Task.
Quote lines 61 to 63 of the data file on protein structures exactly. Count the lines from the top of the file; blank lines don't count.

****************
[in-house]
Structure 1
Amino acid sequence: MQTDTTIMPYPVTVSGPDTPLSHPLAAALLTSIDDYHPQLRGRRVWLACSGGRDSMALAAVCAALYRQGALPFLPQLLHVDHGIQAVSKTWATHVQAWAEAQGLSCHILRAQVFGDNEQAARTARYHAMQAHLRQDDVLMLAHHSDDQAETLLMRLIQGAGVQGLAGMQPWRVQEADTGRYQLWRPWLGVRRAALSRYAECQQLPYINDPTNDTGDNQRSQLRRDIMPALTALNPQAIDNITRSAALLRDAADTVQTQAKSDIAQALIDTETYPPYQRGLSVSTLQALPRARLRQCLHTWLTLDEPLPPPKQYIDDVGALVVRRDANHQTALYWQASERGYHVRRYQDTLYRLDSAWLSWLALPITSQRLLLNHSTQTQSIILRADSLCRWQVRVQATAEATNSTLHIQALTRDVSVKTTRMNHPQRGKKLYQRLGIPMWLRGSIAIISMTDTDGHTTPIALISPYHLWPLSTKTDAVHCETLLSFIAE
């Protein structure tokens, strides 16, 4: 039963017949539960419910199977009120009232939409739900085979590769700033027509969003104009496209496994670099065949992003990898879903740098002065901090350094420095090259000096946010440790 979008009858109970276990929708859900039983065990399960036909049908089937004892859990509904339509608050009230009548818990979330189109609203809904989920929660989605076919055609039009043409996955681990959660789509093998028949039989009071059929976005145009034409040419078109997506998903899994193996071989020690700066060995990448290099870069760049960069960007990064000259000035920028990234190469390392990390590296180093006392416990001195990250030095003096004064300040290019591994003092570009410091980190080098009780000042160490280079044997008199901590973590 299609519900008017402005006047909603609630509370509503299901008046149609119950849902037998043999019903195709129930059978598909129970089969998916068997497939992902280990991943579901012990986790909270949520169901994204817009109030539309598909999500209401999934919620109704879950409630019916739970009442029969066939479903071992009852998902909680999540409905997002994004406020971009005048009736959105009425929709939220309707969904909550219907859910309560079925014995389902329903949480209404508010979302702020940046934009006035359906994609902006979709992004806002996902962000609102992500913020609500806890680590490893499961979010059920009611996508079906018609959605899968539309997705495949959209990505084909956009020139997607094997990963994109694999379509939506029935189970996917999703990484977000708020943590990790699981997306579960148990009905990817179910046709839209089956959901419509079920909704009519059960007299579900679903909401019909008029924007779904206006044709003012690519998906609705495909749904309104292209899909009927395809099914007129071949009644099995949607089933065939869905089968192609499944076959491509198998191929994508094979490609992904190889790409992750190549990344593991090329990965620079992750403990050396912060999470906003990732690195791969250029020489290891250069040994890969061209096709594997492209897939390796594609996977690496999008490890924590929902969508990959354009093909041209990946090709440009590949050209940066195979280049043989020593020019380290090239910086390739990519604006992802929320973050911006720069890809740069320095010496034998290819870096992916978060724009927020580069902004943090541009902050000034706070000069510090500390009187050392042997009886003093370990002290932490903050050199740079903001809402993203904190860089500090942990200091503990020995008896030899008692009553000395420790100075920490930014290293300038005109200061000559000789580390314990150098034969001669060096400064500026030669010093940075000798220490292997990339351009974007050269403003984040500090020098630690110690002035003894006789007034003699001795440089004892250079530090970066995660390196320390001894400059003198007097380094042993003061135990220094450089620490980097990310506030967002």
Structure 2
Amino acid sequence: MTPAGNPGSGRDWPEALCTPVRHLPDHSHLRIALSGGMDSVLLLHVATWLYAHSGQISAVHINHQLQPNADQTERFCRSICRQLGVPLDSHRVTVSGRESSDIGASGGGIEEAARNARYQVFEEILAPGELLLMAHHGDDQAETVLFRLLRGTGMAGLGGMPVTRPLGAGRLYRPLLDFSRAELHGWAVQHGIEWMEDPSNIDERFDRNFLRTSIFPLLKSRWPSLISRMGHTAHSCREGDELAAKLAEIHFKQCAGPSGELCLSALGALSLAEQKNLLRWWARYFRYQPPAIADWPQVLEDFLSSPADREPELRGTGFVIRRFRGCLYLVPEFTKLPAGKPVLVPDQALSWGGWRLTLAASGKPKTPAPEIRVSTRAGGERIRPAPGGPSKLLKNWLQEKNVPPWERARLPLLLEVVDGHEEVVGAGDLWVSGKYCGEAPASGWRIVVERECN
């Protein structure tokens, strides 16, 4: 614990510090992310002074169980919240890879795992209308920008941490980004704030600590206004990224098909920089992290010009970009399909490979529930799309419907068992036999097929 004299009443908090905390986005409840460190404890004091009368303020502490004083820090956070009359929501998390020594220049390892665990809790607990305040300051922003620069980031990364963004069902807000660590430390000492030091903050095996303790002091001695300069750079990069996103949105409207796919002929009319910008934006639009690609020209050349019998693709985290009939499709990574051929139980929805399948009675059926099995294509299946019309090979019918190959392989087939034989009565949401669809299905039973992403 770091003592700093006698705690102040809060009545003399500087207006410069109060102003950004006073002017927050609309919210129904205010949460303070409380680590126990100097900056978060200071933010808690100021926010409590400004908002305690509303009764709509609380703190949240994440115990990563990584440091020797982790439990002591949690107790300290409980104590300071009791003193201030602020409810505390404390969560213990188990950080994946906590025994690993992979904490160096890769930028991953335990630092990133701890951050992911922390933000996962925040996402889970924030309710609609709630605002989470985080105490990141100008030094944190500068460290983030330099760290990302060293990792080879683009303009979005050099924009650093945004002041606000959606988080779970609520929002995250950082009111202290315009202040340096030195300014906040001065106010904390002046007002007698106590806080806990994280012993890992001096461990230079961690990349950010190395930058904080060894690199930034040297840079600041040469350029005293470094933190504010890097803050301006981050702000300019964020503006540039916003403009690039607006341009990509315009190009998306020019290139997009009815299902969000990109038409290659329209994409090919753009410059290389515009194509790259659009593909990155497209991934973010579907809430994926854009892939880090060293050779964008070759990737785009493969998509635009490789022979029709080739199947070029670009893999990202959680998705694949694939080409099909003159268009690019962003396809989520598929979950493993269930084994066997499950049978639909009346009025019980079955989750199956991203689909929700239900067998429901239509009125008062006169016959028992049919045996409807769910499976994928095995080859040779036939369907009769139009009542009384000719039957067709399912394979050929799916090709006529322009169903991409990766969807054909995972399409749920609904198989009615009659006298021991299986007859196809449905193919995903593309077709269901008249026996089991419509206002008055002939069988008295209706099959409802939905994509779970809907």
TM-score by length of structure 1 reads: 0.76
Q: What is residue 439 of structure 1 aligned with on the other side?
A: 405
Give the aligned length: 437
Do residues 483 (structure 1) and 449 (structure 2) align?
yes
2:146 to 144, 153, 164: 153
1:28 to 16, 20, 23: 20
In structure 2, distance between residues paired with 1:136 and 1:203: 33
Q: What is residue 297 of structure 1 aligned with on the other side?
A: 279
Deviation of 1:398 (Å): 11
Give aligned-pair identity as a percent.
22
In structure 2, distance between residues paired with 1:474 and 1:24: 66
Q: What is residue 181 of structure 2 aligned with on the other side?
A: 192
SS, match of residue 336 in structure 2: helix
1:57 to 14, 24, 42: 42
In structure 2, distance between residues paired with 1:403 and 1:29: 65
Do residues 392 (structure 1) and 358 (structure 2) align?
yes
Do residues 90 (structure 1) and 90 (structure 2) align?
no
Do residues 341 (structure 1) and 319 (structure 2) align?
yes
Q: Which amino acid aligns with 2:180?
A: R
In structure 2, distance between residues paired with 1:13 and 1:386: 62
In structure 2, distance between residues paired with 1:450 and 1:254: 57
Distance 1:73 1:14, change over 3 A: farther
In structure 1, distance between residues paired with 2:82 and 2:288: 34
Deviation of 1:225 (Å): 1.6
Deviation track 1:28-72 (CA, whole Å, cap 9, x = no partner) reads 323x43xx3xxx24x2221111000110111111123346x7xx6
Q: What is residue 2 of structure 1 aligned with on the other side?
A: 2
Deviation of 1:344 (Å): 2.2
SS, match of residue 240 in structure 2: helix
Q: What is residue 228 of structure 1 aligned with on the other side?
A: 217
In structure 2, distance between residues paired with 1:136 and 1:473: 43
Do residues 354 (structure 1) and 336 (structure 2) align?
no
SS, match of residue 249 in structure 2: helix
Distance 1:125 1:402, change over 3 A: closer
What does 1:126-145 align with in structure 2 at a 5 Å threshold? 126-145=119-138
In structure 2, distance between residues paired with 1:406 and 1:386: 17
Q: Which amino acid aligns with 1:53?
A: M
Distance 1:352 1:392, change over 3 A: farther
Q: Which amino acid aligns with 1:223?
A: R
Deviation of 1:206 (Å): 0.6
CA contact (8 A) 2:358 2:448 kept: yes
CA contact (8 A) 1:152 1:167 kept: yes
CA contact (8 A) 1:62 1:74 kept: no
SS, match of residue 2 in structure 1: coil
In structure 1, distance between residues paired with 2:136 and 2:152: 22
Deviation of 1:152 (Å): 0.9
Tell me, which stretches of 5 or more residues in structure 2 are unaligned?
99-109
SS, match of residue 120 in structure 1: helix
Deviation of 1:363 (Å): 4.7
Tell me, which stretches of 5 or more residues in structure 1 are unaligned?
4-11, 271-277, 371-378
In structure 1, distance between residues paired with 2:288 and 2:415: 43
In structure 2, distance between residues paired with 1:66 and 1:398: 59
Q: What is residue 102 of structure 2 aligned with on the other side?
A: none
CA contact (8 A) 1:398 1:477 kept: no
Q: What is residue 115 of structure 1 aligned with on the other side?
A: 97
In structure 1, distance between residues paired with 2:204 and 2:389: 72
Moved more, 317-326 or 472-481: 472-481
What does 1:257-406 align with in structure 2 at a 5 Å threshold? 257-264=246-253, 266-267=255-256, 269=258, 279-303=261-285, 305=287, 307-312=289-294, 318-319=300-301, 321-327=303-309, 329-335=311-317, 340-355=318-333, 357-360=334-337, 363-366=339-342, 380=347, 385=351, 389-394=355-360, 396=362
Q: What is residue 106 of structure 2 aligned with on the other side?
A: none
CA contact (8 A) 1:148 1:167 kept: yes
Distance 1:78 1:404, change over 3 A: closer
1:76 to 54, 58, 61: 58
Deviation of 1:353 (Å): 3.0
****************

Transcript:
CA contact (8 A) 2:358 2:448 kept: yes
CA contact (8 A) 1:152 1:167 kept: yes
CA contact (8 A) 1:62 1:74 kept: no